This is the very essence of what your attitude toward your readers needs to be—and it’s why writing concisely is of the utmost importance. At this point you might be thinking, “Okay Kori, but my attitude isn’t the problem. My problem is that I suck at trimming down my writing.”
No worries. I sucked at trimming down my writing for a long time. In fact, it wasn’t until I started working as a copywriter that I really got somewhere with this skill. In copywriting, every word, every sentence, every punctuation mark matters. Time is of the essence. You have a message to get across to prospective customers, and if you can’t hold their attention, you’re done for.
Sometimes you only have one sentence to do it. Sometimes you only have a few words. The most important part of your job is to find the shortest, most powerful way to tell them what you have to say. With that being said, here are my top five tips for making your writing more concise, brought to you by not just my experience as a fiction writer, but as a writer in the public sphere.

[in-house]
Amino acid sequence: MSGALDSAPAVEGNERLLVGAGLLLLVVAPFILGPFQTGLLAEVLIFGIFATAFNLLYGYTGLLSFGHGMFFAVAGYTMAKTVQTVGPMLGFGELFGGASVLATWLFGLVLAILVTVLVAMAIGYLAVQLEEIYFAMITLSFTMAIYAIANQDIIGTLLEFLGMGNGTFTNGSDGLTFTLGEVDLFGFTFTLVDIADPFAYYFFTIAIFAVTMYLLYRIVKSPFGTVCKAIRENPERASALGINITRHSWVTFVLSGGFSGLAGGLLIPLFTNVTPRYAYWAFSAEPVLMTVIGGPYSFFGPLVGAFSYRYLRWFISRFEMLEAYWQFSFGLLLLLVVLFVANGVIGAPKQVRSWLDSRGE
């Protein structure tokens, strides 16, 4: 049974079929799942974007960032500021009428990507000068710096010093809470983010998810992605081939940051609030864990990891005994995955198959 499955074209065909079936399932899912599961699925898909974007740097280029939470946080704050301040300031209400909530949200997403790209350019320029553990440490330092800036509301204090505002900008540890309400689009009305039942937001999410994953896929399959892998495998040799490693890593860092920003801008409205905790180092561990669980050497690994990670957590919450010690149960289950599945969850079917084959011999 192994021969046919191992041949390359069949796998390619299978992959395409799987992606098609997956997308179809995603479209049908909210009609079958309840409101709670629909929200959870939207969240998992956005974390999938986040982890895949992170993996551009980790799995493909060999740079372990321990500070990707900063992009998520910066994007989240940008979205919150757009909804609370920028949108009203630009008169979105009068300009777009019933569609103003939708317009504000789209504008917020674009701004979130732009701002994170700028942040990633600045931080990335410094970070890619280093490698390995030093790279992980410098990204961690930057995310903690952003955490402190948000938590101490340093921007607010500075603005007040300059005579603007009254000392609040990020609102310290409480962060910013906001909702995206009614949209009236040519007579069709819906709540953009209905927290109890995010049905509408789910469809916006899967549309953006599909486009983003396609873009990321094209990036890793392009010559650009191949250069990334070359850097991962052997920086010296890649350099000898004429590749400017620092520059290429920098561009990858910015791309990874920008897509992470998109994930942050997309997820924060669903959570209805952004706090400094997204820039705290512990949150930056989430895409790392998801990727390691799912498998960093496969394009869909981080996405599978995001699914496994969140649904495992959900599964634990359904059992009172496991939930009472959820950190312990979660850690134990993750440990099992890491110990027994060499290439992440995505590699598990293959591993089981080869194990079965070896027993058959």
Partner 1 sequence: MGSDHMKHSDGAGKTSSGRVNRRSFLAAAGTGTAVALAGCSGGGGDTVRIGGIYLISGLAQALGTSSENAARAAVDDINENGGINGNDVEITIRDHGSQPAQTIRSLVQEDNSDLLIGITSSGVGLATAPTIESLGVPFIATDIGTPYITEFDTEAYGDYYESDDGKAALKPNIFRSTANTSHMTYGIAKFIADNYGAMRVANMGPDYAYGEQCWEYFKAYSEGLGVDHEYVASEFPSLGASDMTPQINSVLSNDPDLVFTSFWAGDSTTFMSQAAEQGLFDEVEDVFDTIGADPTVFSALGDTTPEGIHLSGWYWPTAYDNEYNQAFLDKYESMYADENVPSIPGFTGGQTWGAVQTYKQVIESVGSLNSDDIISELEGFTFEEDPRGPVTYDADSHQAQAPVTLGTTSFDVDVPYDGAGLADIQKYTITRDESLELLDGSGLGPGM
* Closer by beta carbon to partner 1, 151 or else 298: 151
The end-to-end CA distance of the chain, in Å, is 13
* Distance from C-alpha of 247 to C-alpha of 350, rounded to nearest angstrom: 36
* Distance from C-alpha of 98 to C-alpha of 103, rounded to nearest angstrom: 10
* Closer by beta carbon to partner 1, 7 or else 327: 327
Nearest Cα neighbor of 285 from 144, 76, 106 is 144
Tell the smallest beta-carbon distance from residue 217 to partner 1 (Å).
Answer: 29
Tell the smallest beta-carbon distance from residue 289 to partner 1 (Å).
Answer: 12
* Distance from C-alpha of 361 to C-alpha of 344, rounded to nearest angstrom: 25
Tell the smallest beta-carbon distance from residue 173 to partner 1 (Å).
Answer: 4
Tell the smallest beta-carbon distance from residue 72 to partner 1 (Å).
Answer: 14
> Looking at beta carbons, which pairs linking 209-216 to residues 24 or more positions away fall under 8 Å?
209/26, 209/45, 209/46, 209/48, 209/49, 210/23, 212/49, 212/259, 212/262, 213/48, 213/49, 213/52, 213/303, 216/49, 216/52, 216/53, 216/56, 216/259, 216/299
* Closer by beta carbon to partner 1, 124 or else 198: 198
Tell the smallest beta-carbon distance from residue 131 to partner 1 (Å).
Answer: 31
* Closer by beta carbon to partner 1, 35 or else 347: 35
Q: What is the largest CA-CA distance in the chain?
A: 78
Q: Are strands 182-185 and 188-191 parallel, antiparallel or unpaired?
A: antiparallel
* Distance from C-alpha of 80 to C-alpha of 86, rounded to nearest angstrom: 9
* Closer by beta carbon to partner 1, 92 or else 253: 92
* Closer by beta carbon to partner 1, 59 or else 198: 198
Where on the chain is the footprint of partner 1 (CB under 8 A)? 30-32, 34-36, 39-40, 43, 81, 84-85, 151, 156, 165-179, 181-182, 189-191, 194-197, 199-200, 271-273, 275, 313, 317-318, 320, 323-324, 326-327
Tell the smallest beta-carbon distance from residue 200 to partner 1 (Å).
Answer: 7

Tip #1: Cut Adverbs
I’m not a total adverb hater. There are times when adverbs are the most effective way to communicate ideas. I’m sure I’ve used a few in this post already and that’s by design. Most of the time, though, adverbs aren’t necessary because they are just modifying what’s already there. If you’ve crafted a good sentence, you don’t need an adverb for the meaning to be clear. Like I said, there are exceptions, and it’s up to you as the author to judge those. But nine times out of ten, adverbs can get the axe.
Tip #2: Don’t say in five words what can easily be said in three. Or even one.
Ann Handley, author of one of my favorite books on writing, Everybody Writes, calls wordy language “word bloat.” There are many phrases that use an unnecessary amount of words to express simple ideas. Some examples she gives include:
· “Despite the fact that” can become “although”
· “When it comes to” can be “when” or “in”